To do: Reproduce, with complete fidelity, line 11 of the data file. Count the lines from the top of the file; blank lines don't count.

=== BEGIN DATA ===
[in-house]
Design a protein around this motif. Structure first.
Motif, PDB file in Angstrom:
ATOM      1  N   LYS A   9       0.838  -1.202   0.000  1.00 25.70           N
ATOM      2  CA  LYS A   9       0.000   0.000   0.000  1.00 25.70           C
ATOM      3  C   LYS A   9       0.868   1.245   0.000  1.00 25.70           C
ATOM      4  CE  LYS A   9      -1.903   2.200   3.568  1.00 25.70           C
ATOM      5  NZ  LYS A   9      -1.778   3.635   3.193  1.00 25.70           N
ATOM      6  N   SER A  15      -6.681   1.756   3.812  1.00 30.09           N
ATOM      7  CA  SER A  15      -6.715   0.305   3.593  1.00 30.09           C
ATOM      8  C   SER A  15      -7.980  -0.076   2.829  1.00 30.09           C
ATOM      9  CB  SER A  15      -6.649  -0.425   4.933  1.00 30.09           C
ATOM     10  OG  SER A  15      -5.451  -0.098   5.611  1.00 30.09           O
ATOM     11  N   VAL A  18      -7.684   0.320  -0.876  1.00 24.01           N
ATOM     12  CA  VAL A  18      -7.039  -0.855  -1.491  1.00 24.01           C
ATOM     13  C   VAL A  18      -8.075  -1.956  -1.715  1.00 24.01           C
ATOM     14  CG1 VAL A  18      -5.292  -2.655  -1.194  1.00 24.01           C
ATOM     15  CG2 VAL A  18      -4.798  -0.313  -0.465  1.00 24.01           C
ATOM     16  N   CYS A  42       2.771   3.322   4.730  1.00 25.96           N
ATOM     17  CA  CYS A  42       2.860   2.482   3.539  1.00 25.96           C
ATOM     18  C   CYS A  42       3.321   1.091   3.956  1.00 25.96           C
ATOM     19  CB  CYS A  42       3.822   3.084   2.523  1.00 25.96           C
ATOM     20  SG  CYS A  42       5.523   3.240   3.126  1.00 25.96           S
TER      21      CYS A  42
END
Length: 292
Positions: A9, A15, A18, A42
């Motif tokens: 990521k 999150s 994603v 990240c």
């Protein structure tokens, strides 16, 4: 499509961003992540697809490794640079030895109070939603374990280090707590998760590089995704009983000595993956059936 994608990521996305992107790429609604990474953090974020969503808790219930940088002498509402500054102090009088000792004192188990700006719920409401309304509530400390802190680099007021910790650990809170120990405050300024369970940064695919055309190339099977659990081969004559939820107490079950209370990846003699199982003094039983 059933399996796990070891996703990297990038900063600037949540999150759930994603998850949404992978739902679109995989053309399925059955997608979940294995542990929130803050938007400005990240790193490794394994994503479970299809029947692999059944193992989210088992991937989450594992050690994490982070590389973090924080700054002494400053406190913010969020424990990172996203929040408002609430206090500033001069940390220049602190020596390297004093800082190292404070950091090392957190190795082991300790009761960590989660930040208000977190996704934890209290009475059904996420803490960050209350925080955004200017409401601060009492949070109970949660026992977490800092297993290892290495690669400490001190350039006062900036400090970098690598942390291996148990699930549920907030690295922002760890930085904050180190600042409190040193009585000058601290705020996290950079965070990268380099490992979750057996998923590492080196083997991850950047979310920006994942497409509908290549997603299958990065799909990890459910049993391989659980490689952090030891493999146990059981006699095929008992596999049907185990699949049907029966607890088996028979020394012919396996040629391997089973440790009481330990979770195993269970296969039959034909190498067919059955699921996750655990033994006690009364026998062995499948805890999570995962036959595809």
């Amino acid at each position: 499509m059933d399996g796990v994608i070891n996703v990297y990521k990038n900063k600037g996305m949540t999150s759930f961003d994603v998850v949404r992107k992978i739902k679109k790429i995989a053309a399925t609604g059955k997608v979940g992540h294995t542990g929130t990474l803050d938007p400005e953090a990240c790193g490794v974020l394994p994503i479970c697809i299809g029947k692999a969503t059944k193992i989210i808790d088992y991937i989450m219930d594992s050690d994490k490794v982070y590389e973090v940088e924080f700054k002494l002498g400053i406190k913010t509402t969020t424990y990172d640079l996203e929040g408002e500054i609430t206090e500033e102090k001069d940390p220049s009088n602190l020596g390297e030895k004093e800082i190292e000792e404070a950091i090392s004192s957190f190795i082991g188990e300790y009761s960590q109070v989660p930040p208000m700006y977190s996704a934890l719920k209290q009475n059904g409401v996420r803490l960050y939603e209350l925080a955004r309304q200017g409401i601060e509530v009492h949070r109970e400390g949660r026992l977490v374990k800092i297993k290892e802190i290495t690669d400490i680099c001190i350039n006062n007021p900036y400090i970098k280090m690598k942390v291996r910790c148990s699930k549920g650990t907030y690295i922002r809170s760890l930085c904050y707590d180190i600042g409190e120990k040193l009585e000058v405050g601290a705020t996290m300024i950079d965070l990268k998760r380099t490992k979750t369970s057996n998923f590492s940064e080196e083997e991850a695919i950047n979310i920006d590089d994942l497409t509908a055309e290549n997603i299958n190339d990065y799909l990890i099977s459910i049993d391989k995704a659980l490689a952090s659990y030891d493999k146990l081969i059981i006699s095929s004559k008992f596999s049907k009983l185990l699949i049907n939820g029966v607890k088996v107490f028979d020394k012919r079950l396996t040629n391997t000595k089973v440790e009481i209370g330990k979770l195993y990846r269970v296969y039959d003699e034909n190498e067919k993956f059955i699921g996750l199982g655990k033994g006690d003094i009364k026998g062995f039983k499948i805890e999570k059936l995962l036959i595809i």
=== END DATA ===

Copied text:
ATOM      8  C   SER A  15      -7.980  -0.076   2.829  1.00 30.09           C